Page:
• This increased precipitation resulted in an additional 2 % in the rain day incidence (days with 0.2 mm or more), an extra 3 % wet days (days with 1 mm or more) and 3 % very wet days (days with 5 mm or more) between 1971-2000 and 1991-2020.
  • Spring (March-May) has become slightly drier, but the other seasons wetter between 1971-2000 and 1991-2020 - autumn (September-November) by about 15 mm from 181 mm to 196 mm.

Figure 4. Precipitation changes by month, 1971-2000 to 1991-2020.

Wet days

A warm atmosphere can hold more water vapour than a colder one, so if Reading has become warmer (and slightly wetter) has this been reflected in wetter days and heavier rainfall?

  • Of the 12 calendar months, 8 have seem the wettest day become wetter between 1971-2020 and 1991-2020, with March seeing no change in the fall on the wettest day.
  • Over the year as a whole, the expected rainfall on the wettest day has increased from 33.4 mm to 34.6 mm.
  • The number of days with 10 mm or more of rainfall has shown a slight increase between 1971-2000 and 1991-2020 in each season, with the exception of spring.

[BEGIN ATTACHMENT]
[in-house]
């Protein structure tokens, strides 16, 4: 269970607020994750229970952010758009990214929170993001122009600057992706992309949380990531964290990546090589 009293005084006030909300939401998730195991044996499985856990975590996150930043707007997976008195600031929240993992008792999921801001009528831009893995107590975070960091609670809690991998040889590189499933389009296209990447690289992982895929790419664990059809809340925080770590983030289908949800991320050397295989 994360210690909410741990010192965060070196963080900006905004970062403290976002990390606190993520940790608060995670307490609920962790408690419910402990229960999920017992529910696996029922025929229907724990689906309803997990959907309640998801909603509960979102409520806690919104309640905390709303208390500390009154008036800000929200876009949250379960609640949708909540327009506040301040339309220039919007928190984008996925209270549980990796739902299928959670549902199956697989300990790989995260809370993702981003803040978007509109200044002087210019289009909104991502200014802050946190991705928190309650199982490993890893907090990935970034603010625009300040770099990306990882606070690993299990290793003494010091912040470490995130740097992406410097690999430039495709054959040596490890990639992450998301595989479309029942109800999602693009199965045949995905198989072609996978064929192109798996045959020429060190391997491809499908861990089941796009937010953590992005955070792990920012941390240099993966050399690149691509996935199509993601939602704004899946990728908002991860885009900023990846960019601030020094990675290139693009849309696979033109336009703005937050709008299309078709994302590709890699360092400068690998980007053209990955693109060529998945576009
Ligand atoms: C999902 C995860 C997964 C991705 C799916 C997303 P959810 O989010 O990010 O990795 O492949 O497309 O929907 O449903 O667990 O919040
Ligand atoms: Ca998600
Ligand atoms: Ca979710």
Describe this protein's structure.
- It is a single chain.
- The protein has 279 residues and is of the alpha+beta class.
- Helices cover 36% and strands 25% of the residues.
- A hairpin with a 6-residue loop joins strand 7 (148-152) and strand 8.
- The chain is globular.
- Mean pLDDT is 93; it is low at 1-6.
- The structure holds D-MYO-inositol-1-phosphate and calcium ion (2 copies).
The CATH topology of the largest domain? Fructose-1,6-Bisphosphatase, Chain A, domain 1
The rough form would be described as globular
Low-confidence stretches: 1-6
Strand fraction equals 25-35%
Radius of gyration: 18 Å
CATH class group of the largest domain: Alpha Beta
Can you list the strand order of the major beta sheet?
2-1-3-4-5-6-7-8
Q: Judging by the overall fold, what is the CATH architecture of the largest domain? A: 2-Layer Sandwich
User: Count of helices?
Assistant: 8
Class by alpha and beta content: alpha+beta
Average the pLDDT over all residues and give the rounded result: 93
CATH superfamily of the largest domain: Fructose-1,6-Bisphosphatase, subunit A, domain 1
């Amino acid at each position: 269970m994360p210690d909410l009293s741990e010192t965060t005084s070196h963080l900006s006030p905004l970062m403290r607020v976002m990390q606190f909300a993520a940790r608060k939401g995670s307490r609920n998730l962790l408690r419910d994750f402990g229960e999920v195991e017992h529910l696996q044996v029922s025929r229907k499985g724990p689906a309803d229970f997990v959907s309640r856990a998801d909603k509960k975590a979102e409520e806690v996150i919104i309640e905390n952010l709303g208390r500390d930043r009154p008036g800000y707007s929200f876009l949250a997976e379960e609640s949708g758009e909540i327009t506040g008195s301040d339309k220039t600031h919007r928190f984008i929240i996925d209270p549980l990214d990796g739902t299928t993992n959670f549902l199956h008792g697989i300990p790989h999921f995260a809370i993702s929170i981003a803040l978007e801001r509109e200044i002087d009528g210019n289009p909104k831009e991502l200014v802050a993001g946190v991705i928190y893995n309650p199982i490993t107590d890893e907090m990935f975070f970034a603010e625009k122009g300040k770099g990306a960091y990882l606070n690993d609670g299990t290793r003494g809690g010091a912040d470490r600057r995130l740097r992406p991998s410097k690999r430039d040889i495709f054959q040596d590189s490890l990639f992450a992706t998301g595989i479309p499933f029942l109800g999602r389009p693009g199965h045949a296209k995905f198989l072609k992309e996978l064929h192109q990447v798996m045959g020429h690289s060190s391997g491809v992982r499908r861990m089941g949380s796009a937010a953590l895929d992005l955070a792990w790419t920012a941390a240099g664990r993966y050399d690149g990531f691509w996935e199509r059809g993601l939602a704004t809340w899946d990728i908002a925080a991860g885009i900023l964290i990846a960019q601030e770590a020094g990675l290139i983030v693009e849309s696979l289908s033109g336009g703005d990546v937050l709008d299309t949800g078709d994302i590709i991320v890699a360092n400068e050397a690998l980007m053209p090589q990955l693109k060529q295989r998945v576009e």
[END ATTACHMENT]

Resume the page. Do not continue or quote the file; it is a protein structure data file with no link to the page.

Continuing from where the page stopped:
Month Wettest day on average (mm) Season Number of days each season with 10 mm or more rainfall

1971-2000 1991-2020 1971-2000 1991-2020
Jan 12.1 13.4 Spring 2.9 2.7
Feb 9.1 10.5 Summer 3.6 4.0
Mar 10.6 10.6 Autumn 4.8 5.4
Apr 12.4 12.7 Winter 3.6 4.2
May 12.9 11.9
June 14.7 15.9
July 15.9 17.3
Aug 17.9 17.1
Sept 19.5 17.9
Oct 17.8 18.7
Nov 14.9 16.2
Dec 14.4 15.0
Year 33.4 34.6 14.8 16.3

Snowfall and the length of summer

While precipitation amounts have increased in recent years, the number of days with snow falling and lying have both declined:

  • The average annual count of days with sleet or snow observed to fall has dropped from 11.4 days in 1971-2000 to 9.9 days in 1991-2020.
  • The average annual count of days with snow lying (and covering at least half the ground) has dropped from 5.6 days in 1971-2000 to 4.2 days in 1991-2020.
  • On average nowadays, both snow and air frost now tend to start occurring later in the year and stop occurring earlier in spring - the annual summer-time frost/snow-free period has lengthened.

Period First and last dates with air frost First and last dates with sleet/snow falling
1971-2000 6 November - 20 April 12 December - 6 April
1991-2020 5 November - 13 April 22 December - 22 March

Sunshine and fog

Sunshine has been measured using a Campbell-Stokes sunshine recorder. Since 1971 this has been located in several locations, e.g. on the roof of the Department of Chemistry, in the observatory enclosure at a height of about 2 metres, and latterly on the roof the Department of Meteorology. Each site has its own characteristics, and any sunshine trends need to bear this in mind.